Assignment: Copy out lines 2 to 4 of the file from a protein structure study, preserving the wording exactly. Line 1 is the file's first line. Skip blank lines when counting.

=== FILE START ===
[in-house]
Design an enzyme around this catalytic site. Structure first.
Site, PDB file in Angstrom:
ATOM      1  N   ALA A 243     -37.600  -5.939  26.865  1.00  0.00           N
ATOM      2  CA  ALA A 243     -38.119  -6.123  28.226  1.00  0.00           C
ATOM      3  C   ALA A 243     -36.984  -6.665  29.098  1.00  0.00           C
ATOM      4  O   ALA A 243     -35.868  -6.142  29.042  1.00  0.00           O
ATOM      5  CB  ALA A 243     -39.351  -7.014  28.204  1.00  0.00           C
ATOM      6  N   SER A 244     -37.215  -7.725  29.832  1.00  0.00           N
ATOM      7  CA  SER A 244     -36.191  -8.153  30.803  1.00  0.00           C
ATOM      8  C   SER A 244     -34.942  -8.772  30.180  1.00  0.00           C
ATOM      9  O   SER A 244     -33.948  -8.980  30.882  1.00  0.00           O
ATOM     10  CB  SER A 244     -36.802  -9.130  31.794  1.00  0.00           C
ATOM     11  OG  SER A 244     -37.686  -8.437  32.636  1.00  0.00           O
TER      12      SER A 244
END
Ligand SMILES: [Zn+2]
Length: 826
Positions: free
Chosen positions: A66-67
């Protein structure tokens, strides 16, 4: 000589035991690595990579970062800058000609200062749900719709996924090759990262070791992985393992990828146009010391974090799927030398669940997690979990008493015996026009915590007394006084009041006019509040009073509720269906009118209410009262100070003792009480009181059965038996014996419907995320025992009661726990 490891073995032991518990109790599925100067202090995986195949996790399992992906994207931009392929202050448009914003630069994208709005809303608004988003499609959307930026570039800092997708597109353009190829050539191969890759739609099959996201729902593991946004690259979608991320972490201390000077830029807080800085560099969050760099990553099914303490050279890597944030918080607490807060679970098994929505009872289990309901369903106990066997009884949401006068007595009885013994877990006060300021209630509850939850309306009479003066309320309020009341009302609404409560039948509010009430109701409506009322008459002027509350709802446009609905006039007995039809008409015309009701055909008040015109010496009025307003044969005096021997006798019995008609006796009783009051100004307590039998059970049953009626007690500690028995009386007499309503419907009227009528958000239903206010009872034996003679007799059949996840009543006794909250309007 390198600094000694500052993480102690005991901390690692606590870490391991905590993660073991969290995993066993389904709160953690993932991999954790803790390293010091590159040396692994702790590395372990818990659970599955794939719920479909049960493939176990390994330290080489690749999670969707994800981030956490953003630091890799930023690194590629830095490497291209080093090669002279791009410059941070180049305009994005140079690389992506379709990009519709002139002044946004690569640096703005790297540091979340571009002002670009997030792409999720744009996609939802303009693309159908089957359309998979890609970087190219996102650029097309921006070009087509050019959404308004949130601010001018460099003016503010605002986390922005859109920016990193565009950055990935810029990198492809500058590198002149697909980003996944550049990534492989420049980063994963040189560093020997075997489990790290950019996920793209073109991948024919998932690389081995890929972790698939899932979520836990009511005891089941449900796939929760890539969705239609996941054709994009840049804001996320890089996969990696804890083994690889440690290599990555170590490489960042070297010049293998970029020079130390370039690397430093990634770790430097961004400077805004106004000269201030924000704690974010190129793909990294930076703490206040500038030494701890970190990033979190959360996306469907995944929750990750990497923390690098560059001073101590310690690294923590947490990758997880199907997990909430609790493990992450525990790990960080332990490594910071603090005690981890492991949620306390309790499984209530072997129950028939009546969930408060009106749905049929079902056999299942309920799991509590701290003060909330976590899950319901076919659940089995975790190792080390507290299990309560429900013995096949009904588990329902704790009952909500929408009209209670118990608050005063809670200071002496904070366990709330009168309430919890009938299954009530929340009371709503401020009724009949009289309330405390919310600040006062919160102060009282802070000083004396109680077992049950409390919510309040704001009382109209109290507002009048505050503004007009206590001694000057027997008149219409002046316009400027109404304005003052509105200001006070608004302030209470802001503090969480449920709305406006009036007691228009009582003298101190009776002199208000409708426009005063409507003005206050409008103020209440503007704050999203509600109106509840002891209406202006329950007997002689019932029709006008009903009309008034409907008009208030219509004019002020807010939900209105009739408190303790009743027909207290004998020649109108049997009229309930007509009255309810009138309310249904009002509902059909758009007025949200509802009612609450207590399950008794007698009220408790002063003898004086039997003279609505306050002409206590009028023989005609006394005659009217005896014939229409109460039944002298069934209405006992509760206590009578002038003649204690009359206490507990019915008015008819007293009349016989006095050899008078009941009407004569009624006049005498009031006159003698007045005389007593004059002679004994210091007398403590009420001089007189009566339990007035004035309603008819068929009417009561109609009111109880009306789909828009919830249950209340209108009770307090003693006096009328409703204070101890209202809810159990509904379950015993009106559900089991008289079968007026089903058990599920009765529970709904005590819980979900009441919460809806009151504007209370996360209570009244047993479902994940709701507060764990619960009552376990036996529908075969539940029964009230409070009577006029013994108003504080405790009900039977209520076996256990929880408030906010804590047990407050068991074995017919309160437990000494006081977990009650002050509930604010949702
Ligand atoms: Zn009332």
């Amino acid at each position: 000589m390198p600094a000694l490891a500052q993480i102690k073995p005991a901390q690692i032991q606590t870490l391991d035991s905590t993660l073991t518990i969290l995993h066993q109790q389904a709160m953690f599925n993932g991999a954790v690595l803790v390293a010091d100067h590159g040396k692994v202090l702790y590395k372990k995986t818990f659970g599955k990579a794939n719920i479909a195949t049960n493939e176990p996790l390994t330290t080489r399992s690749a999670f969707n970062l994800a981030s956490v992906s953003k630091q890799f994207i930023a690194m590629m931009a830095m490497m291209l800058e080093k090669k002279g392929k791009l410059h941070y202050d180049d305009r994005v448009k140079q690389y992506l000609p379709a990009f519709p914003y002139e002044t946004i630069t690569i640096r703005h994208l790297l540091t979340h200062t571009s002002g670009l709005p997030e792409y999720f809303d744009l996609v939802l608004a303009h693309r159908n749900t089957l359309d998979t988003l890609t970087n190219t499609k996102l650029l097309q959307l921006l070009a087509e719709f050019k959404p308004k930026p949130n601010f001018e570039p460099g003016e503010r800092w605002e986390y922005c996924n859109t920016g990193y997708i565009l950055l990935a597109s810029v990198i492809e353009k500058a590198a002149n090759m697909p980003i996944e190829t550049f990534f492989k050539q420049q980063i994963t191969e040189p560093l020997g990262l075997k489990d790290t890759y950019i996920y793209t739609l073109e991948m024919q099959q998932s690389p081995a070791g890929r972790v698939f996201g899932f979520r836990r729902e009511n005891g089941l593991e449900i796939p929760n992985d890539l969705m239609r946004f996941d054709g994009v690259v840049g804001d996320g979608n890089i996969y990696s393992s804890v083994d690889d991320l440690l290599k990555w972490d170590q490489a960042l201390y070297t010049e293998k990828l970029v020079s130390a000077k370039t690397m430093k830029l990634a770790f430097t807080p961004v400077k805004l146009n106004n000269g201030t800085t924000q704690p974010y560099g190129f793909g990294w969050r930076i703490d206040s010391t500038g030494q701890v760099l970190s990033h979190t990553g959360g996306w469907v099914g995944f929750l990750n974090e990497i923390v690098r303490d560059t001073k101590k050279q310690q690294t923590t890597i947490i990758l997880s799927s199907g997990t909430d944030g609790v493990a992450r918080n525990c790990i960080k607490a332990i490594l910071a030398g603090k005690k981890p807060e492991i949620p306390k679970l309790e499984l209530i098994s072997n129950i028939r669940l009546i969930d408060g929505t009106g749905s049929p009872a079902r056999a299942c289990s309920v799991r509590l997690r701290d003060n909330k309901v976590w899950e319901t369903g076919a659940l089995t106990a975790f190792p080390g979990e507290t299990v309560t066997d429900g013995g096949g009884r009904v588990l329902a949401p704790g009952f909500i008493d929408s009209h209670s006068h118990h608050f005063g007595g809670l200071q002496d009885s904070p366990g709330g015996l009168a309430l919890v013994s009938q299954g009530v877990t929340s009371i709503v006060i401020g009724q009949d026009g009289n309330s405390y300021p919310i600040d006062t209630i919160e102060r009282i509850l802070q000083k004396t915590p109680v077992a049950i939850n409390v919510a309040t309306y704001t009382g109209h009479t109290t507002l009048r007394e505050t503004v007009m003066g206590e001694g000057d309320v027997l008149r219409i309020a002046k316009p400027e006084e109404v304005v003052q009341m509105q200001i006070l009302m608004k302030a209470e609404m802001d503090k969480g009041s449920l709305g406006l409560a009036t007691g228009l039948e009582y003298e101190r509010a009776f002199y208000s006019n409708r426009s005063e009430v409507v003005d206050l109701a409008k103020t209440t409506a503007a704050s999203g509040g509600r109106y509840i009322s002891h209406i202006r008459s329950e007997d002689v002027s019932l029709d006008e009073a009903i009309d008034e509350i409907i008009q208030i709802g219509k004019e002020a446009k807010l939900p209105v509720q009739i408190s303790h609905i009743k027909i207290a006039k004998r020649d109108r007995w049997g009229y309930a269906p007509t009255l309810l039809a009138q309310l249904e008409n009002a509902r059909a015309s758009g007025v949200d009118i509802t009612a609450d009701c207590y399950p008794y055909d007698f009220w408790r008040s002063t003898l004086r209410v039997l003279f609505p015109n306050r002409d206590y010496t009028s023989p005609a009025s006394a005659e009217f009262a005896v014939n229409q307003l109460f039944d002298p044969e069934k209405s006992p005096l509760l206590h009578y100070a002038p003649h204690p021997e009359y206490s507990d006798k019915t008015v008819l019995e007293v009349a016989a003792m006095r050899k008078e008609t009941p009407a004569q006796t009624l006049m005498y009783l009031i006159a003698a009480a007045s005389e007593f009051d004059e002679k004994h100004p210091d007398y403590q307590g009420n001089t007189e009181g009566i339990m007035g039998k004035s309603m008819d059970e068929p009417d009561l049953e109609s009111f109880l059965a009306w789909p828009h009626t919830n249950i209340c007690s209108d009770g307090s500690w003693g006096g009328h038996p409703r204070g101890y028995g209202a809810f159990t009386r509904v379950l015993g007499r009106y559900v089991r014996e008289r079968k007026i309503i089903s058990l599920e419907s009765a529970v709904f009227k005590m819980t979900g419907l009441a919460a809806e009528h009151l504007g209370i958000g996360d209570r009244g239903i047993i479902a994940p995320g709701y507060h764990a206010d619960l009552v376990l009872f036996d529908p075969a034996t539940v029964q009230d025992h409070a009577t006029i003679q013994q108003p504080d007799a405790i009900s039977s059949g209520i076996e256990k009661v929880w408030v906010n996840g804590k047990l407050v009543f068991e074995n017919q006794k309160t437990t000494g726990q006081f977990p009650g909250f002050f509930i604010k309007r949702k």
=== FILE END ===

Design an enzyme around this catalytic site. Structure first.
Site, PDB file in Angstrom:
ATOM      1  N   ALA A 243     -37.600  -5.939  26.865  1.00  0.00           N